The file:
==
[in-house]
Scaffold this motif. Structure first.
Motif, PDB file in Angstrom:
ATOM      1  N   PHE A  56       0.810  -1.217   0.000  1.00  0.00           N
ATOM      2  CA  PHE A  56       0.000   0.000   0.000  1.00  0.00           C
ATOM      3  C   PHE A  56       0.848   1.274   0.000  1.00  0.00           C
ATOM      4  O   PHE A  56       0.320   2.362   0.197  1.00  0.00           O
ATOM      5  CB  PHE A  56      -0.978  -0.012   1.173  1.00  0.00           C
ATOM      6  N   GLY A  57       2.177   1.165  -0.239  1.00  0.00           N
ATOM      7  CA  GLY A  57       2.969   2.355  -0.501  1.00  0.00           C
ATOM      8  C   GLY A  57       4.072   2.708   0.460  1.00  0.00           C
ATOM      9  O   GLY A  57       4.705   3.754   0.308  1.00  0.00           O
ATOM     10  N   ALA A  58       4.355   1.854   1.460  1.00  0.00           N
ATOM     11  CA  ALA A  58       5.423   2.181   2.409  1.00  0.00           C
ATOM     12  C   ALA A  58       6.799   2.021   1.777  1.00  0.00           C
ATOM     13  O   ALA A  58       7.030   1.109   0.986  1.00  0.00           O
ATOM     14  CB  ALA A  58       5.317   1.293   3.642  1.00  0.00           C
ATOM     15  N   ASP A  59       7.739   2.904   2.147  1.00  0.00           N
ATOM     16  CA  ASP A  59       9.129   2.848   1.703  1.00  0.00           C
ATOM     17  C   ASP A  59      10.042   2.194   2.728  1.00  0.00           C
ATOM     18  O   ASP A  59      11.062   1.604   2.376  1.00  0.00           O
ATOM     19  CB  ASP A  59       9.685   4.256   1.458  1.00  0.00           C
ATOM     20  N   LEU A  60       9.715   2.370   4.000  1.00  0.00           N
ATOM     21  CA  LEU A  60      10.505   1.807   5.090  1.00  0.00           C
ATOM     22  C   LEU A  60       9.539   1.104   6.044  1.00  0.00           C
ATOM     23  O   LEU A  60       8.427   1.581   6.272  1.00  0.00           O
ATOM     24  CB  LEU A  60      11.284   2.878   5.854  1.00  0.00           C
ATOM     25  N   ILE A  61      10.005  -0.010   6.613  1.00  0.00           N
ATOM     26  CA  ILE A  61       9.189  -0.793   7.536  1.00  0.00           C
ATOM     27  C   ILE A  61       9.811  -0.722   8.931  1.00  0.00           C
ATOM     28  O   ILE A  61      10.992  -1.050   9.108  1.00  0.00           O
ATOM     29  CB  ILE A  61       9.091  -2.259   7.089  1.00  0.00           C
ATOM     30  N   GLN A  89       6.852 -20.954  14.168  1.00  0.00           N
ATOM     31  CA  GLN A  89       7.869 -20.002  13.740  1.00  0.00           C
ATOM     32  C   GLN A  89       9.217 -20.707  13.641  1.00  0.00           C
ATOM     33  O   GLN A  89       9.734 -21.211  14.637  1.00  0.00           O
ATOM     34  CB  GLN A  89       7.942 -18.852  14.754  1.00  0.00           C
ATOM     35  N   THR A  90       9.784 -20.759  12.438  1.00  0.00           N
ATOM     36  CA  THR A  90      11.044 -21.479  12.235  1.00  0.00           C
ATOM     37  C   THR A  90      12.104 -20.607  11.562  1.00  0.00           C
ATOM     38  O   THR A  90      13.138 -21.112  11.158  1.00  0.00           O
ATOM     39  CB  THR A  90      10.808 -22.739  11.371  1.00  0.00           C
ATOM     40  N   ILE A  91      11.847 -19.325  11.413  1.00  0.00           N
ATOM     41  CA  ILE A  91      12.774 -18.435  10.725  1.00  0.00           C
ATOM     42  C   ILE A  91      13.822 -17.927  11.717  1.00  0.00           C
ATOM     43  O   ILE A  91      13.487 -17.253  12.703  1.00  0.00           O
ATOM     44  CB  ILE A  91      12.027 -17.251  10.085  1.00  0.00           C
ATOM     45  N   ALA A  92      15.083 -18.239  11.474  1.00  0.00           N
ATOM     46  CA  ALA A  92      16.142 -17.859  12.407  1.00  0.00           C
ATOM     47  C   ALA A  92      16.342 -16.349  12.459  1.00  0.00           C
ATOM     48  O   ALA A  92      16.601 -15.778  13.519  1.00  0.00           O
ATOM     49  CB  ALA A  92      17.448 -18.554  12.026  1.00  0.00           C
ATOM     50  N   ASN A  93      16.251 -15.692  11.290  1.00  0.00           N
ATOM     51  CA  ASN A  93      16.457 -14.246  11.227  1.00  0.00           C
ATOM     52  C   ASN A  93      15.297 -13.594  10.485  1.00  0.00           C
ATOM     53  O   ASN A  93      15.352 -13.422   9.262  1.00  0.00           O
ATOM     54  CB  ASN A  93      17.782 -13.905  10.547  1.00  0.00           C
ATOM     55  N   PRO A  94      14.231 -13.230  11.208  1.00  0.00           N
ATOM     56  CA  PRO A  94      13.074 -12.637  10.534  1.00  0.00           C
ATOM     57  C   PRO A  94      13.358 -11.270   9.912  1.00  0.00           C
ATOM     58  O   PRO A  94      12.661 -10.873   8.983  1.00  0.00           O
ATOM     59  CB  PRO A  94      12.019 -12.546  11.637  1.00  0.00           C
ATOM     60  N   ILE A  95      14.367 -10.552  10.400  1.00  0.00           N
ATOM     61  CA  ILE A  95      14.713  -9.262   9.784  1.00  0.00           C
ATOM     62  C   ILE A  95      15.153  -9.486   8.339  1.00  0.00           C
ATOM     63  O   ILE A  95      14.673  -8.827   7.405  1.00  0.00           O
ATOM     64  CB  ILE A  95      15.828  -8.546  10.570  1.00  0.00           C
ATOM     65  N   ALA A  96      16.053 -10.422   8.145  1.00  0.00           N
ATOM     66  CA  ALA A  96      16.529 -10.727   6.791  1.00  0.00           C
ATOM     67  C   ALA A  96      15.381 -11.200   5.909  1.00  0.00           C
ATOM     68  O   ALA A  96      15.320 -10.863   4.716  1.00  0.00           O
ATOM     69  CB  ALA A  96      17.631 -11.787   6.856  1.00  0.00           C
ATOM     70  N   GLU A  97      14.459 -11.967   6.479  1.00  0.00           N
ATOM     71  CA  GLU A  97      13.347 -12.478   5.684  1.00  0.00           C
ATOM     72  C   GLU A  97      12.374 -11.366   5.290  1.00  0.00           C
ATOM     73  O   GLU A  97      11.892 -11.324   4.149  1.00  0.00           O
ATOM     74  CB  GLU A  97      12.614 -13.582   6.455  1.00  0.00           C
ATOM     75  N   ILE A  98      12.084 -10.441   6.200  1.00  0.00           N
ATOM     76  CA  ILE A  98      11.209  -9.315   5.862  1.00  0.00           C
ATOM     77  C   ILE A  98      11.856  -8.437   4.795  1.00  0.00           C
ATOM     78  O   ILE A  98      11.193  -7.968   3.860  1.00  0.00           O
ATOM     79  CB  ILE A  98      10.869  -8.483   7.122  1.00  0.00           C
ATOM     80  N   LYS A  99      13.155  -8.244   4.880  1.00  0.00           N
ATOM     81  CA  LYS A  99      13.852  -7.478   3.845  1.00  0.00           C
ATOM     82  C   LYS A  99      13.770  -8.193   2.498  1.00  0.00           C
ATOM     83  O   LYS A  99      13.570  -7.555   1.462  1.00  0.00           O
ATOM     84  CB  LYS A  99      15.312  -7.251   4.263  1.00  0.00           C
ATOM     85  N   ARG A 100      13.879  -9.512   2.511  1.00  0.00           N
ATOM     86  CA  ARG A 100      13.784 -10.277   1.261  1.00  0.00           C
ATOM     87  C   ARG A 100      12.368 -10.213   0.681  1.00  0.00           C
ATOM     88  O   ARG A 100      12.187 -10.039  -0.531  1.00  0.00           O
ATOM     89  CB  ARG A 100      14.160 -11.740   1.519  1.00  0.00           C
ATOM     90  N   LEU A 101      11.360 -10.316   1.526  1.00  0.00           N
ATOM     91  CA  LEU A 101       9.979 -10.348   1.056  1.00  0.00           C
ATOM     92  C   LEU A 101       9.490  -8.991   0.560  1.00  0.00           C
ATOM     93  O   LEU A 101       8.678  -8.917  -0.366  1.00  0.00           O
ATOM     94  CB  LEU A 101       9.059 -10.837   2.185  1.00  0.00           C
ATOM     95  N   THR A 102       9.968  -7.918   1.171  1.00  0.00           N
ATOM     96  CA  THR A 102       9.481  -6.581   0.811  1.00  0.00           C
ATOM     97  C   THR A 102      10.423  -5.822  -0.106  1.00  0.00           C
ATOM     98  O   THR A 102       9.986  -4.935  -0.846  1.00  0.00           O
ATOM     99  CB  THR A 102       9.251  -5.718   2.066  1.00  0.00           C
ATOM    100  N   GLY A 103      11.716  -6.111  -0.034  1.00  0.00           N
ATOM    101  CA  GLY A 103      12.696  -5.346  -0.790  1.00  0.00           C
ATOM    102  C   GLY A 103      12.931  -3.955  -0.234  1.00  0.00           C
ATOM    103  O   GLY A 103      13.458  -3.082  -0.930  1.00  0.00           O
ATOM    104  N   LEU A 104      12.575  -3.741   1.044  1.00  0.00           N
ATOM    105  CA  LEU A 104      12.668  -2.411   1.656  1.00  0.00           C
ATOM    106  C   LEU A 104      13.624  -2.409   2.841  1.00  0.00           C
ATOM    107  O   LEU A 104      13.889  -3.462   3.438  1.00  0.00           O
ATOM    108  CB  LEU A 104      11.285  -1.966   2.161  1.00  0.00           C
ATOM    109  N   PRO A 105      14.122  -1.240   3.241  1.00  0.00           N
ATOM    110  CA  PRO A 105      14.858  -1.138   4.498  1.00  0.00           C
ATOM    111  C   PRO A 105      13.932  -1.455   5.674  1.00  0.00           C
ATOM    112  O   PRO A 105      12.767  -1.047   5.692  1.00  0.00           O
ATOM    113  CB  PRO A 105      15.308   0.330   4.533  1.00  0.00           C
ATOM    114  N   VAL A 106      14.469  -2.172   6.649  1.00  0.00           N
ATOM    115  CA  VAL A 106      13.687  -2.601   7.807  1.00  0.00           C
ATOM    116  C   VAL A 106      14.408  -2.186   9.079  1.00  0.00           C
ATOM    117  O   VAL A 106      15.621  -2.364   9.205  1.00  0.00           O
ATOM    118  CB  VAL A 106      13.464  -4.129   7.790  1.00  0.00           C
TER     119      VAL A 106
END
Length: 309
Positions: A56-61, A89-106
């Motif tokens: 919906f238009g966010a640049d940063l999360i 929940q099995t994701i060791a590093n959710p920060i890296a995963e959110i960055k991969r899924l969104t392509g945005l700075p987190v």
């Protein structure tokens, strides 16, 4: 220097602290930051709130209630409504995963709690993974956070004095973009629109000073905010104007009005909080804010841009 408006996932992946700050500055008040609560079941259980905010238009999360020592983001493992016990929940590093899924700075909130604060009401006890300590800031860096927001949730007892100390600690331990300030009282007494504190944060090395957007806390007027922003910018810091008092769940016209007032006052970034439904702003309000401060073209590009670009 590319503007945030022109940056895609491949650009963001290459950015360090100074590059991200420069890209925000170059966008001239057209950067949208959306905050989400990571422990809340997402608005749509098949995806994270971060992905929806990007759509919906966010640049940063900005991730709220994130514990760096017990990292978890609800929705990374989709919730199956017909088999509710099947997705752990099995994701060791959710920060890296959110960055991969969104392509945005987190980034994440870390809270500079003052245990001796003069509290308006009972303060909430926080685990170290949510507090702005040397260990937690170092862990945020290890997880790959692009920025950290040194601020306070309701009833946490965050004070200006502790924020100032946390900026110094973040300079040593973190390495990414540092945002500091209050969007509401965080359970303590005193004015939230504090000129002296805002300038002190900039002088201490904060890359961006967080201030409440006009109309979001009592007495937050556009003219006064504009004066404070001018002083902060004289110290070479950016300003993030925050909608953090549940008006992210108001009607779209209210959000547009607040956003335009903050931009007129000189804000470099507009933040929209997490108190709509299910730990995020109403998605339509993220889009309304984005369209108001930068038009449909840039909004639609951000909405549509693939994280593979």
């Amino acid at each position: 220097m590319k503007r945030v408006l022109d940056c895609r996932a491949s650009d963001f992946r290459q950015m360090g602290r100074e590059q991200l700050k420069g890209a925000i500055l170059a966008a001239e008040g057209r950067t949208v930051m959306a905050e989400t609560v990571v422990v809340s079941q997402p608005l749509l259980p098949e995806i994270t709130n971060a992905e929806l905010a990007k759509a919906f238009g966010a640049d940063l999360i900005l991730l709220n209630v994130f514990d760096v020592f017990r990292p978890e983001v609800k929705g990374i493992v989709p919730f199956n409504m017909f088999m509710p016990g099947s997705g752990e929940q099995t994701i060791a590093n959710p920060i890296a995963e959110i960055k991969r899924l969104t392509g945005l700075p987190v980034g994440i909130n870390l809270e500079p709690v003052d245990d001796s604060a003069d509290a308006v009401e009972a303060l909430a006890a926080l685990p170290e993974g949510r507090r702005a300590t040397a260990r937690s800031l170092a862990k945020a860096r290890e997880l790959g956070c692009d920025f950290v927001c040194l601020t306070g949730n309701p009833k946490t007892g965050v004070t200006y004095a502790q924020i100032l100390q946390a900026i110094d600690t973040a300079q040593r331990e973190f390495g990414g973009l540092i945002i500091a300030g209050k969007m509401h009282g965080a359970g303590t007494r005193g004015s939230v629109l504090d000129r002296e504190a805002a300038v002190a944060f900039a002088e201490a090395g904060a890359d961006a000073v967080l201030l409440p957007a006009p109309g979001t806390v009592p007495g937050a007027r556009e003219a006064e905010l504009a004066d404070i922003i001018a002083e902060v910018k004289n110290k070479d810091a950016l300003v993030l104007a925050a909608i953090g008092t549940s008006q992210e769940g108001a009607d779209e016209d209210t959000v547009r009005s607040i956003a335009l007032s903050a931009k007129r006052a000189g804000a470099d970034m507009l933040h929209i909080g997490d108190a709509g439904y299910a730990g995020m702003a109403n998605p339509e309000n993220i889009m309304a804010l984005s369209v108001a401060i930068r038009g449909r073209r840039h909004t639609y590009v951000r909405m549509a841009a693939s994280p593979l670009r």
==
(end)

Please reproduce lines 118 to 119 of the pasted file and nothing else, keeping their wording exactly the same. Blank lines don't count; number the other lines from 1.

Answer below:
ATOM    115  CA  VAL A 106      13.687  -2.601   7.807  1.00  0.00           C
ATOM    116  C   VAL A 106      14.408  -2.186   9.079  1.00  0.00           C